From non-targeted metabolomics to quantitative analysis of uremic compounds in chronic kidney disease
Karu, N and McKercher, CM and Nichols, DS and Davies, NW and Wilson, RR and Hilder, EF and Shellie, RA and Jose, MD, From non-targeted metabolomics to quantitative analysis of uremic compounds in chronic kidney disease, Proceedings of The Australian & New Zealand Metabolomics Conference, 31st March - 1st April, 2016, Melbourne, Australia (2016) [Conference Extract]
Chronic kidney disease (CKD) is common in Australia and specifically in Tasmania, and is characterised by an accumulation of potentially-harmful compounds in the blood ("Uraemia"). The presented work is a pilot study to assess the feasibility of a larger cohort study, and concentrates on uraemic compounds derived from tryptophan. Disruptions in tryptophan metabolism, mainly via the Tryptophan-Kynurenine pathway were associated with various neurological and psychological disorders as well as premature cardiovascular disease which often accompany CKD.
In a preliminary untargeted metabolomics study (RPLC - Thermo LTQ-Orbitrap) we conducted paired comparisons (Wilcoxon test) between serum samples from 12 patients pre- and post-dialysis, which varied considerably from 6 healthy controls (Mann-Whitney; PLS/DA). Determination of tryptophan metabolites and their hemodialysis clearance rates led to compound selection for quantitative analysis, including markers for inflammation and HPA axis activity which trigger enzymatic alterations in tryptophan metabolism.
The second stage was a cross-sectional study in 30 adults with CKD (stage 4 at recruitment two years earlier) who were psychologically-assessed and their serum analysed (Waters Xevo QqQ). We hypothesised that (1) the markers neopterin and/or cortisol are related to tryptophan metabolism; (2) tryptophan metabolites relate to the severity of psychological and cognitive symptoms. Our major findings include high associations between the inflammation marker neopterin and 6 tryptophan metabolites (Pearson R 0.46-0.68, all p ≤ 0.01), which increase with decline in kidney function, as measured by eGFR (all p < 0.05). Tryptophan breakdown index (kynurenine / tryptophan) correlated with both neopterin and cortisol (R=0.45 and R=0.37, respectively, both p < 0.05), supporting background of inflammation and to less degree of stress.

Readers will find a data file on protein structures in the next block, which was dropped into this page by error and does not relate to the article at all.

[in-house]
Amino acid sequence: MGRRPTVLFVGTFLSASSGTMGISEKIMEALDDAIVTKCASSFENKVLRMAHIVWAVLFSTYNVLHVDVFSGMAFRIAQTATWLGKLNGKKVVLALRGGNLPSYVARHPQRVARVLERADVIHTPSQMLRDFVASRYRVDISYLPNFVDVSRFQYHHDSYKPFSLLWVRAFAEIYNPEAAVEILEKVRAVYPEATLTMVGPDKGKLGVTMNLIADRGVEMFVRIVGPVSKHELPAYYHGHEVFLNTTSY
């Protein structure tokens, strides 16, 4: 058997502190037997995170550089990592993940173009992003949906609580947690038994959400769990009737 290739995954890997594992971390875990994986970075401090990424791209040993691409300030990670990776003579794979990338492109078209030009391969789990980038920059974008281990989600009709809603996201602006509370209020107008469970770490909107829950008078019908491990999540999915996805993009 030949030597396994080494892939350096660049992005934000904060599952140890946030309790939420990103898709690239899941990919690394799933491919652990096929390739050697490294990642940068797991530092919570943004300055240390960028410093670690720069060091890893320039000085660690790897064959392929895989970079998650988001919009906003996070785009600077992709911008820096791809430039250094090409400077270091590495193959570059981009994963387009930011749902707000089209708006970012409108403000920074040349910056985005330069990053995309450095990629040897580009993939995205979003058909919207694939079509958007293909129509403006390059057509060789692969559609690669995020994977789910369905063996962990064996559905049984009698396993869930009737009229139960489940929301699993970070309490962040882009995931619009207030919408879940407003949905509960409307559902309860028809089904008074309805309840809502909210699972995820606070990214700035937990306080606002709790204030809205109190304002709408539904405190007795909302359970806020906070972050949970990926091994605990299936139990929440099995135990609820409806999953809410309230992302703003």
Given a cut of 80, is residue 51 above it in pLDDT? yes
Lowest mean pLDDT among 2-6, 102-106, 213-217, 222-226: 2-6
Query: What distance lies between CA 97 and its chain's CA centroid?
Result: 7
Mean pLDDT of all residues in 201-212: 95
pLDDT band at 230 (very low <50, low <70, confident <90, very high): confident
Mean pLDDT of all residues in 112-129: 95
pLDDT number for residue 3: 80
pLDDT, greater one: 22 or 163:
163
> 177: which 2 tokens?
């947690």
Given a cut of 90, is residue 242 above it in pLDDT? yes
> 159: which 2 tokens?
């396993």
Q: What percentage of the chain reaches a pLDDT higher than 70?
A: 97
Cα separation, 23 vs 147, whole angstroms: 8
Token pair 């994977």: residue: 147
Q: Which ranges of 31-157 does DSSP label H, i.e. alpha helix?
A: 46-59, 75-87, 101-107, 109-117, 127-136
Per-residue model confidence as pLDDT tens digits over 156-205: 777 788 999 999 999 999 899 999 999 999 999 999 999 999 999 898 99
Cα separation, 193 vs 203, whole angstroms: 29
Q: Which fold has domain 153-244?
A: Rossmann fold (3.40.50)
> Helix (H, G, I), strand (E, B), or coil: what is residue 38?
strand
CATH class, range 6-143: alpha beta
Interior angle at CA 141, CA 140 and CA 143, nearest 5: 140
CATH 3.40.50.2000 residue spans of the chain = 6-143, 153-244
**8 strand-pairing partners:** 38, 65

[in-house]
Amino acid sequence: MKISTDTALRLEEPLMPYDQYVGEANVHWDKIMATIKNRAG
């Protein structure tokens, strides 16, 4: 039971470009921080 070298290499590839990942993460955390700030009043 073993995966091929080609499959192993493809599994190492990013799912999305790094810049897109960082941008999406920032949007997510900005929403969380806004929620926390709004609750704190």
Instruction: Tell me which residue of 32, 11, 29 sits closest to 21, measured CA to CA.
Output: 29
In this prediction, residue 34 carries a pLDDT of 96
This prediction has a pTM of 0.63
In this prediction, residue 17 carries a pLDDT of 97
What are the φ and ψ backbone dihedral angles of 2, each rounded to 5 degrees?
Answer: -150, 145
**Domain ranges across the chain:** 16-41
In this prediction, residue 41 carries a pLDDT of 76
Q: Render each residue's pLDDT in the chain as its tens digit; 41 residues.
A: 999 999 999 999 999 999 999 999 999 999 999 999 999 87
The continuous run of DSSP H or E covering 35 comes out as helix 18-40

A few significant associations between metabolites and psychological/cognitive symptoms were found, including between kynurenic acid and cognitive functioning (Spearman R = -0.38, p < 0.05). A novel finding in this study is that indole-3 acetic acid showed the strongest associations with anxiety and depression (R = 0.57, p = 0.001; R = 0.38, p = 0.04 respectively). Further more detailed investigation of these associations is required in a larger prospective cohort, and this may provide a novel direction in improving well-being in this patient population.